The particular signal processing techniques used, and the particular implementation of the signal processing techniques, may depend on the accuracy, speed, etc. with which it is desired to detect or characterize such energy in the bands or tones. For example, the integration time used in conjunction with the transformed signal (e.g. from FFT/IFFT logic 620) may be adjusted based upon the parameters desired. These parameters (e.g. accuracy, speed etc.) may be specified by, for example, regulatory specifications or agencies.

It will also be noted that the processing of a transformed signal may occur at a variety of places in the architecture of cognitive radio 500 and that the signal processing algorithm(s) may be implemented in hardware, software or some combination of the two and that the particular implementation of signal processing utilized for a given embodiment of the present invention may be determined with respect to the signal processing algorithms utilized in conjunction with that embodiment of the invention. In one embodiment, for example, a transformed signal from FFT/IFFT logic 620 may be processed by hardware logic provided in PHY 510 of cognitive radio 500. For example, an application specific integrated circuit (ASIC) which comprises PHY 510 may comprise logic operable to perform desired signal processing on a transformed signal received from FFT/IFFT logic 620 and provide this processed signal through MAC/PHY interface 630.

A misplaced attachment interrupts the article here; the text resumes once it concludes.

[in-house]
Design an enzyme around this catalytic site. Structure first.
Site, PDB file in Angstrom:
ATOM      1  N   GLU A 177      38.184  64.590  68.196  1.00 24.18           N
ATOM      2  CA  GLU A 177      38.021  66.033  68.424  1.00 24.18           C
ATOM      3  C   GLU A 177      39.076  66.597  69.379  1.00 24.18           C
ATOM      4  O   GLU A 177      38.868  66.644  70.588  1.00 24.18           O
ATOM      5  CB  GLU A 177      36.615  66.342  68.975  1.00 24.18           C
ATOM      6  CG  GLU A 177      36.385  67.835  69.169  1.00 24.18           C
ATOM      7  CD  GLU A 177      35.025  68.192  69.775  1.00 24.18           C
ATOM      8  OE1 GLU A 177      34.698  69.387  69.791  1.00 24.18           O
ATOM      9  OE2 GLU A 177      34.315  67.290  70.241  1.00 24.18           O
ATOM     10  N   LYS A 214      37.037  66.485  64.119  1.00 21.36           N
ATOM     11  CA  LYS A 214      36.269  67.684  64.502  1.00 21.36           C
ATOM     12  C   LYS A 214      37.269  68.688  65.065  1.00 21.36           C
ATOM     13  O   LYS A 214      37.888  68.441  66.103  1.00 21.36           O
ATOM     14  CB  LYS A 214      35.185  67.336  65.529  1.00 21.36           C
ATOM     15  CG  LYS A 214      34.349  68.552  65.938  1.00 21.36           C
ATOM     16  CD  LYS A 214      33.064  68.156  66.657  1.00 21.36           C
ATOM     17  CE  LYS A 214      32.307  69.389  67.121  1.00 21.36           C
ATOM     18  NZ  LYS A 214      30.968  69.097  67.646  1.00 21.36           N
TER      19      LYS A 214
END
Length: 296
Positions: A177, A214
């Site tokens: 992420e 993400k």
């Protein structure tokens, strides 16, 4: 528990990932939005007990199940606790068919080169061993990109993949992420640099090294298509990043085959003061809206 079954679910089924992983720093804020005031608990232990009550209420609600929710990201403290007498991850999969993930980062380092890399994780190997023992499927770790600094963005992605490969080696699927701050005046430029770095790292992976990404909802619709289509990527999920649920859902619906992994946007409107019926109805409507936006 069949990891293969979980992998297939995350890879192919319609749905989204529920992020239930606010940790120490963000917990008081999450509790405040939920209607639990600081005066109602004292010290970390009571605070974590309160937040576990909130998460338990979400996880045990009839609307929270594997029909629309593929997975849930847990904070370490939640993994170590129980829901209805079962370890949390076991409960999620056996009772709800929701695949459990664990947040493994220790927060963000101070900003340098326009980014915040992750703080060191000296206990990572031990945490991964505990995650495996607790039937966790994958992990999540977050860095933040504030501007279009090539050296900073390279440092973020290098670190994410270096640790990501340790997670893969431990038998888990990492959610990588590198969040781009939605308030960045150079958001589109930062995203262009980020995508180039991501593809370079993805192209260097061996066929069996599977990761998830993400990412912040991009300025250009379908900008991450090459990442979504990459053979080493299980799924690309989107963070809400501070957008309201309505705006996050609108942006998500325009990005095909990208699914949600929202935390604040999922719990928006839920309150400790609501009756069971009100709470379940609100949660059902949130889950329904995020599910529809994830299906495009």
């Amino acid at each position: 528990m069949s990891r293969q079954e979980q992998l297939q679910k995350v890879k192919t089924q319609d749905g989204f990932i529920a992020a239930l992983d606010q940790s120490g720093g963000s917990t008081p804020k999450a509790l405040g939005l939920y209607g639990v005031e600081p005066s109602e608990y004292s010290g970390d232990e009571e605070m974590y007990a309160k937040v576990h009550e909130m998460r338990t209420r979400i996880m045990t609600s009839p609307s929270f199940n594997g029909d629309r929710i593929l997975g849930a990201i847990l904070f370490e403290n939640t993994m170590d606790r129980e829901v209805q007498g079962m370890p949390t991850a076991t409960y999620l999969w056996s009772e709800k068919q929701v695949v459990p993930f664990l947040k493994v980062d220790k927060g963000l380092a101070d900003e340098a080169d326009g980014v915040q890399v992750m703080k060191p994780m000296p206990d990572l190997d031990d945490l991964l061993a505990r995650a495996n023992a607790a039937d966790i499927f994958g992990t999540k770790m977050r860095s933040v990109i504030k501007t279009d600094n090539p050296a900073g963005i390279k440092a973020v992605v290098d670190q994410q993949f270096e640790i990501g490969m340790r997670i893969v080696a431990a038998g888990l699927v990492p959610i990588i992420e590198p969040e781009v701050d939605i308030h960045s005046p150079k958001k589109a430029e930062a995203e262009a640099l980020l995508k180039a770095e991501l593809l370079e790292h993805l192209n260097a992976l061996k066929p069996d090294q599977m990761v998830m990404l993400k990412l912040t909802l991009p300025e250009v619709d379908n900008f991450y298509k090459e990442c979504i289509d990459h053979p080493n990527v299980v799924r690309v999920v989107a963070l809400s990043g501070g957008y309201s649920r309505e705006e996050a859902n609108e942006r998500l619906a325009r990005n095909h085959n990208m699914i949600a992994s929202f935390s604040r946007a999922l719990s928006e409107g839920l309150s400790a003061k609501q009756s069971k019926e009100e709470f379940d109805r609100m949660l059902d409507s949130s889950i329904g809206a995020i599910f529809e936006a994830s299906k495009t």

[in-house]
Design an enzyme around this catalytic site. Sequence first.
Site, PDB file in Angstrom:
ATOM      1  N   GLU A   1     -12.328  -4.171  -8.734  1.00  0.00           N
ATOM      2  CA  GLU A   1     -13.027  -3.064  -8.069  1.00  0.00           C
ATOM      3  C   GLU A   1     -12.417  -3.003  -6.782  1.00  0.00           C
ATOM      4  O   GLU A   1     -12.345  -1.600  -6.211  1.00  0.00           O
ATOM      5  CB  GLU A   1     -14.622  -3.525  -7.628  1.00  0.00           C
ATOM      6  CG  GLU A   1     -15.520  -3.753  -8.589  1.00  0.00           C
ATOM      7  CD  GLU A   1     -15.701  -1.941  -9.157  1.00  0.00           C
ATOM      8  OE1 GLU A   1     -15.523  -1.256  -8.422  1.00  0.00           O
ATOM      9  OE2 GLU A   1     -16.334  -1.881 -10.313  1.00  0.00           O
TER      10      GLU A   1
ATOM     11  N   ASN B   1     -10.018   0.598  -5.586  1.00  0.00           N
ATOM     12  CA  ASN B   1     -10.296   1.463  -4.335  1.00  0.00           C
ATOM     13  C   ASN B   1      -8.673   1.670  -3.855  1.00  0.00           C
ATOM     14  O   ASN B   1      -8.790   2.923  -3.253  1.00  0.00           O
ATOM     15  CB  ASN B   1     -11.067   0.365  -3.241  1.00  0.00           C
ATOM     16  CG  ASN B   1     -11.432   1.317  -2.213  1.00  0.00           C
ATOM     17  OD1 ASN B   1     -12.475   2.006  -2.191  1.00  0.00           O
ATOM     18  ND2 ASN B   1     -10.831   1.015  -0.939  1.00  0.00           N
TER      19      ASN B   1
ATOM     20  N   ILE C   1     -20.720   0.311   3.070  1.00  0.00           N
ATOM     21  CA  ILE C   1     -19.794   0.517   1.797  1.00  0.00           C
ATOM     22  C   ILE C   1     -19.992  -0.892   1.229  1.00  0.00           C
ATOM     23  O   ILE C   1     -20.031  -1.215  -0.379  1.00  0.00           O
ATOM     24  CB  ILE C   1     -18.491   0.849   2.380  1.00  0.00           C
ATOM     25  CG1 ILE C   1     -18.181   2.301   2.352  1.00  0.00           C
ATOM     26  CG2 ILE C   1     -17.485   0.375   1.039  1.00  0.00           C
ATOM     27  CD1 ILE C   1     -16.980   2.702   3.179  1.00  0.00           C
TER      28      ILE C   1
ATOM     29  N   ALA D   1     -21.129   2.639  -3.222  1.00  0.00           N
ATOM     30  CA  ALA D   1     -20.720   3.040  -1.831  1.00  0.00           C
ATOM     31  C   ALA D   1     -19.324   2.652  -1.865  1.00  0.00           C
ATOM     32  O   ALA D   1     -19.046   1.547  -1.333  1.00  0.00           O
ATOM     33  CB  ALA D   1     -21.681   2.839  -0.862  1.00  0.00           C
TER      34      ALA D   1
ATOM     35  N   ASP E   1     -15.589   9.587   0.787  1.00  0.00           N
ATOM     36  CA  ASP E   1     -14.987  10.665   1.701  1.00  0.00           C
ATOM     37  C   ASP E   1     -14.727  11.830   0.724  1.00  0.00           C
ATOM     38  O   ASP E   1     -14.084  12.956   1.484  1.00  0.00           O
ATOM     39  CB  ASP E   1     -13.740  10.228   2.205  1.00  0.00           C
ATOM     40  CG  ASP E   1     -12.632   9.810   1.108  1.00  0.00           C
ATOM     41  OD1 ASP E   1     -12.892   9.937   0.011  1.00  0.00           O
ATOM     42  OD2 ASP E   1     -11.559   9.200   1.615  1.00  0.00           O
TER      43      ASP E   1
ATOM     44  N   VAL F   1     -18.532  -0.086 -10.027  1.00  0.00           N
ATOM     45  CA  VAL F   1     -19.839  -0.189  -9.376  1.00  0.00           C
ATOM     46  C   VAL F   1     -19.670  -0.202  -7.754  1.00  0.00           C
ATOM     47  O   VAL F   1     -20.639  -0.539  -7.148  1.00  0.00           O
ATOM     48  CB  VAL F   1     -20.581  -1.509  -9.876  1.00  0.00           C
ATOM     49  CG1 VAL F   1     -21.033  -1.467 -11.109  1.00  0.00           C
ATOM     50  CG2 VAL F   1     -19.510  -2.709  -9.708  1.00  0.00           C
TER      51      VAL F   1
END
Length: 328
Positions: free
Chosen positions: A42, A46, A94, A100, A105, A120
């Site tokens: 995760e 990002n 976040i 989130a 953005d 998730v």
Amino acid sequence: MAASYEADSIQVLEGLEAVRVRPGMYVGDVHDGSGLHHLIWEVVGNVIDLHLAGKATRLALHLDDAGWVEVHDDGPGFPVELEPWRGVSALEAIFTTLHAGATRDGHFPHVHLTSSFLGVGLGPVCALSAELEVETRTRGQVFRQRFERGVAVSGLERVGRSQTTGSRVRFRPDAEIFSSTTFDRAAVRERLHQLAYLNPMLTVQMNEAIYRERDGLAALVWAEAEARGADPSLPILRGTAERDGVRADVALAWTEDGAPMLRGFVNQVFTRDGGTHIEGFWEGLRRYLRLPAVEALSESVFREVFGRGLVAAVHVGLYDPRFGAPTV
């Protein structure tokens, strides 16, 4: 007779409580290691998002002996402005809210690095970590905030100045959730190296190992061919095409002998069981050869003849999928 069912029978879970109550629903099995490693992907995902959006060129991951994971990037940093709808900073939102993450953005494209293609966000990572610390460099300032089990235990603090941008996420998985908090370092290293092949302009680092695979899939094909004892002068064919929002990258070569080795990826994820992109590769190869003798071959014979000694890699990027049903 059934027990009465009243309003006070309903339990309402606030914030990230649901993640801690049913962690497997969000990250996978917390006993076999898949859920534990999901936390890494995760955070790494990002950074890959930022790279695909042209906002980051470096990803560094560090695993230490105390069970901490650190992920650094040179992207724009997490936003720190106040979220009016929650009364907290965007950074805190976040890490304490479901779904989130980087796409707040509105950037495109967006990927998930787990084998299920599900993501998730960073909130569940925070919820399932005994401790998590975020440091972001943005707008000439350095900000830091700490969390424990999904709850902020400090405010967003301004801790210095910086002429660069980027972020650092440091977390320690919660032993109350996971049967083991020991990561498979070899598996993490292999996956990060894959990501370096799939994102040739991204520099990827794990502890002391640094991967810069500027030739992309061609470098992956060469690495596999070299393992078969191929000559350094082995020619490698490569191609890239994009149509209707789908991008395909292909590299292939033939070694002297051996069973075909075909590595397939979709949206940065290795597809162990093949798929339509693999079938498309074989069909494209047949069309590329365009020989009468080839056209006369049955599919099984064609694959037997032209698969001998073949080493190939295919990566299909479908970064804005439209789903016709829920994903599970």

Other embodiments of signal processing techniques may be accomplished at host 530. More specifically, in one embodiment, a transformed signal produced by the FFT/IFFT logic 620 may be provided to host 530. This may be done, for example by multiplexing the output of FFT/IFFT logic 620 such that the transformed signal is available to the host through the MAC/PHY interface 630 of radio 500. In other embodiments, an interface may be provided in an ASIC comprising FFT/IFFT logic 620 or the Inverse FFT (IFFT) such that the spectral data received or produced by the chipset may be made available to the host, for example through the MAC/PHY interface 630 to the host.